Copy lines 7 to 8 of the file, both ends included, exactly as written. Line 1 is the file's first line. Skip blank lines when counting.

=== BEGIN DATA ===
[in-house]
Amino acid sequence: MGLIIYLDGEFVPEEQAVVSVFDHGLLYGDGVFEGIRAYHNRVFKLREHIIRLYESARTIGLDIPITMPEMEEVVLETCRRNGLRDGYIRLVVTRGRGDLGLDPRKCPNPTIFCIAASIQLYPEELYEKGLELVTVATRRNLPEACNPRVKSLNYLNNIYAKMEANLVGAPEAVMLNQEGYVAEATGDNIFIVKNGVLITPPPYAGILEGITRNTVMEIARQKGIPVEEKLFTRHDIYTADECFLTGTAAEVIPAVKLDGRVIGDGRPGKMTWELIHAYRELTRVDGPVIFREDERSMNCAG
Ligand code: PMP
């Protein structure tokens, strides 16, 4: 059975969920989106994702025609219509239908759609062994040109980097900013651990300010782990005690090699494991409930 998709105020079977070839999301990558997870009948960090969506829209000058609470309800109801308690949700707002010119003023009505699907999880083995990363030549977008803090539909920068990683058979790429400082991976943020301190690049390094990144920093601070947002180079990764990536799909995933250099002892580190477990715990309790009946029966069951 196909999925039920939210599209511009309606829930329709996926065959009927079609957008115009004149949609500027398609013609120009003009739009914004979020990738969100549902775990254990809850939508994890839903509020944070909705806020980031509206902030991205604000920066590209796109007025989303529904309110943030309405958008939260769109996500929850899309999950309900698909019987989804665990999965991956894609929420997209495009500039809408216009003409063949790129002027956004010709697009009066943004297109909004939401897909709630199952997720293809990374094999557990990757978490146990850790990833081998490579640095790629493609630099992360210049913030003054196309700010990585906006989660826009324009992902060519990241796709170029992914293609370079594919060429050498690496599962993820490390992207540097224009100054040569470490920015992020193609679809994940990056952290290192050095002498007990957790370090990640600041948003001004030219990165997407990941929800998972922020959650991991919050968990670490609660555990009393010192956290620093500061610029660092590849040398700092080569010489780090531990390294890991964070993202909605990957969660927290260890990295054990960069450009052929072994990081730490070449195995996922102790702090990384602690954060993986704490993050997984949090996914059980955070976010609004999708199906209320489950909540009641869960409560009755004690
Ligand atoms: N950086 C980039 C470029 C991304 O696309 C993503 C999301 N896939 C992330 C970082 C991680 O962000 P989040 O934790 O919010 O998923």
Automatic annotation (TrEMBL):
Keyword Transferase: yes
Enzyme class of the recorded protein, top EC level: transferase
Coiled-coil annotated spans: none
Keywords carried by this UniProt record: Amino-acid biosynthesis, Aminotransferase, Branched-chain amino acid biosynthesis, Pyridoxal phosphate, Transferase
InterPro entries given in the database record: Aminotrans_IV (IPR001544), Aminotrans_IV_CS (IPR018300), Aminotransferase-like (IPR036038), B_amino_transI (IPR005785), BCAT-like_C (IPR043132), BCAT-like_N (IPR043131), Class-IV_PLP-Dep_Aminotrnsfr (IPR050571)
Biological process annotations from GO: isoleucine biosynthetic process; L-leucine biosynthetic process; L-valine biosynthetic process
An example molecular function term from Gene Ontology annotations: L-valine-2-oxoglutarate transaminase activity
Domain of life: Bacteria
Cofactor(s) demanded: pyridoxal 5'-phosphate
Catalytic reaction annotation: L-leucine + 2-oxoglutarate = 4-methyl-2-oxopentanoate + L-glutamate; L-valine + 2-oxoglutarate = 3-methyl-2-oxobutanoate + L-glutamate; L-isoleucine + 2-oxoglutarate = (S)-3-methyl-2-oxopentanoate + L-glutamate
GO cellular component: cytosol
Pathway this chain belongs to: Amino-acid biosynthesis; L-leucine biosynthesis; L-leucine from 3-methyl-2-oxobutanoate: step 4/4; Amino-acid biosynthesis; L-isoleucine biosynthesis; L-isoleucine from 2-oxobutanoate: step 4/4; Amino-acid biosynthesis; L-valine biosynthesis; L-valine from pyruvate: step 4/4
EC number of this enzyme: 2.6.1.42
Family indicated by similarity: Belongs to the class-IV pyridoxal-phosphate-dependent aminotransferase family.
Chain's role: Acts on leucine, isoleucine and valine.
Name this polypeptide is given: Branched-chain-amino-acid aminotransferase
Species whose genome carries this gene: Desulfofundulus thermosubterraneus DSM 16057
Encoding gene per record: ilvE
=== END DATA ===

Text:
Keyword Transferase: yes
Enzyme class of the recorded protein, top EC level: transferase